A fracture of the clavicle is a relatively common injury that occurs in patients of all ages. The clavicle is the most commonly fractured long bone in children. The infant, child, or adolescent with a clavicle fracture usually has a history of trauma. Typically, there is localized pain over the fracture, with associated edema and crepitus. Consideration of anatomy within the area of the fracture is essential so that associated injuries can be diagnosed and appropriately treated. Most clavicle fractures heal uneventfully and can be treated nonoperatively. Surgical treatment with open reduction and internal fixation is occurring more often, however, because of potential long-term concerns with functional outcome and decreased range of motion. This article briefly reviews the anatomy and function of the clavicle, common mechanisms of injury, physical examination findings, and conservative as well as surgical management of pediatric clavicle fractures.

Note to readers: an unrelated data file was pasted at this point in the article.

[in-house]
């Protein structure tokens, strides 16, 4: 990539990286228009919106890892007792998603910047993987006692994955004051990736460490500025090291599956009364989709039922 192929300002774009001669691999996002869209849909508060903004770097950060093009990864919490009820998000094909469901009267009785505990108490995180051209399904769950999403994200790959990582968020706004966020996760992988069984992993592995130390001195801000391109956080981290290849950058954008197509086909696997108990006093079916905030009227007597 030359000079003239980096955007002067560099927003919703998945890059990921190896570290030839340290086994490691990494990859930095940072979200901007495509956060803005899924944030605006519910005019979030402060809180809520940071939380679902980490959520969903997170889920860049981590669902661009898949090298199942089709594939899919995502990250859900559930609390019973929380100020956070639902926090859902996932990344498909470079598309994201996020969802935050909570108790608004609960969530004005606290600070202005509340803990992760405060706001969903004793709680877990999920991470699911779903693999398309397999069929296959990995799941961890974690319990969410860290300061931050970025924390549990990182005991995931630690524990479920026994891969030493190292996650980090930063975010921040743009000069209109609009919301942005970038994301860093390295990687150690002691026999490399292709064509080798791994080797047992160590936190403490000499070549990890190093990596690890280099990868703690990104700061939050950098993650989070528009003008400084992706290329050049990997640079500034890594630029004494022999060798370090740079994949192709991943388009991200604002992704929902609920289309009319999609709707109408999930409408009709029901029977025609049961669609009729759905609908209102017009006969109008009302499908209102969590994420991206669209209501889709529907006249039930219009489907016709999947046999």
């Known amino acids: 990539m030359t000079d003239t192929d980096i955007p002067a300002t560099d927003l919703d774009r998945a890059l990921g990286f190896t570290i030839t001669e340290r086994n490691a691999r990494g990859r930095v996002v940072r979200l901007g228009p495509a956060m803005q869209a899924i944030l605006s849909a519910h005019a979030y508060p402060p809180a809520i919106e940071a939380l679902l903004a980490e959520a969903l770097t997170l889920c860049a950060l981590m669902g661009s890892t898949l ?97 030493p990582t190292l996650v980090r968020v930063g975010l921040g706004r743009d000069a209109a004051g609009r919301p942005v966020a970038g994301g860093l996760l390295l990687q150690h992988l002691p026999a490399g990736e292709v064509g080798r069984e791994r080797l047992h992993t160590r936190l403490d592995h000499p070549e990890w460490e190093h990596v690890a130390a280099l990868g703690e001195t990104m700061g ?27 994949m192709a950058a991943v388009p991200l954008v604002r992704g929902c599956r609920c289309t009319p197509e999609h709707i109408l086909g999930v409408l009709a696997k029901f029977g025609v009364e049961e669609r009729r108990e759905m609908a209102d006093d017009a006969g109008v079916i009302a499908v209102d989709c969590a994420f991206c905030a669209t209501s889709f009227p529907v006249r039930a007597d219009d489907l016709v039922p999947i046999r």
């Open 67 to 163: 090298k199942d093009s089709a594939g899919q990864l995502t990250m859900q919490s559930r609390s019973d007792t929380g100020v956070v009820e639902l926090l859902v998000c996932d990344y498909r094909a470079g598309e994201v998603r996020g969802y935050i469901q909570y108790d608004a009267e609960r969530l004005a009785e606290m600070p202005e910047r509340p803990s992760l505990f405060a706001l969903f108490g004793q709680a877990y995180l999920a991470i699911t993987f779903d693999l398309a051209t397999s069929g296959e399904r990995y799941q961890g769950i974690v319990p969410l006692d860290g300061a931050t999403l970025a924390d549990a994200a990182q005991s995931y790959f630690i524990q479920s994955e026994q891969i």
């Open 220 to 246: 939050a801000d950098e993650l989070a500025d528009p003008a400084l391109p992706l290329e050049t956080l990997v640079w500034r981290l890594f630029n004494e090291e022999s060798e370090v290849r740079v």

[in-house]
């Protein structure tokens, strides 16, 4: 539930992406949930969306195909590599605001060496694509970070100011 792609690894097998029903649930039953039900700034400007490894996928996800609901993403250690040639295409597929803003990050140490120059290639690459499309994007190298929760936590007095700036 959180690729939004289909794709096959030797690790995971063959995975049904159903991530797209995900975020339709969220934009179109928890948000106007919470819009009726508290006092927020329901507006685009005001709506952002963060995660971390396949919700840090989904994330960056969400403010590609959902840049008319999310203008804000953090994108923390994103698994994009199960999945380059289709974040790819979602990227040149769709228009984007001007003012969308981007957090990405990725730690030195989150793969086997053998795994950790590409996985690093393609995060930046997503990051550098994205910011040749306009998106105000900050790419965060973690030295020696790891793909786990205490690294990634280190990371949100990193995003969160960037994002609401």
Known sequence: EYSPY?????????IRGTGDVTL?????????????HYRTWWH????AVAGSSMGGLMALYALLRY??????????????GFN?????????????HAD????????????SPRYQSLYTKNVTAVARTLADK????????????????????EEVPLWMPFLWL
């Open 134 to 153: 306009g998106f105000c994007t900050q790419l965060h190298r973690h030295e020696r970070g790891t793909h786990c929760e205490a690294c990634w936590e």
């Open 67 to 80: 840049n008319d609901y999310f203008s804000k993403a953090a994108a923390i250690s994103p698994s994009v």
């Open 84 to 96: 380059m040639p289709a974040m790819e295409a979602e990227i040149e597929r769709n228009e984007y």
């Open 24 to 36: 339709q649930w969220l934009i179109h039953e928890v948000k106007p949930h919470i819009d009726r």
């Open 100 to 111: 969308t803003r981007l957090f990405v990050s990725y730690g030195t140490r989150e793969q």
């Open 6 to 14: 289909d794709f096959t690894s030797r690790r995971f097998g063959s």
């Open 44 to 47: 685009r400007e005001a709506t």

Elizabeth G. Shannon, PhD, RN, PNP, MassGeneral Hospital for Children, Boston, MA.
Erin S. Hart, MS, RN, CPNP, Department of Orthopaedic Surgery, MassGeneral Hospital for Children, Boston, MA.
Brian E. Grottkau, MD, Department of Orthopaedic Surgery, MassGeneral Hospital for Children, Boston, MA.
The authors have disclosed that they have no financial relationships related to this article.
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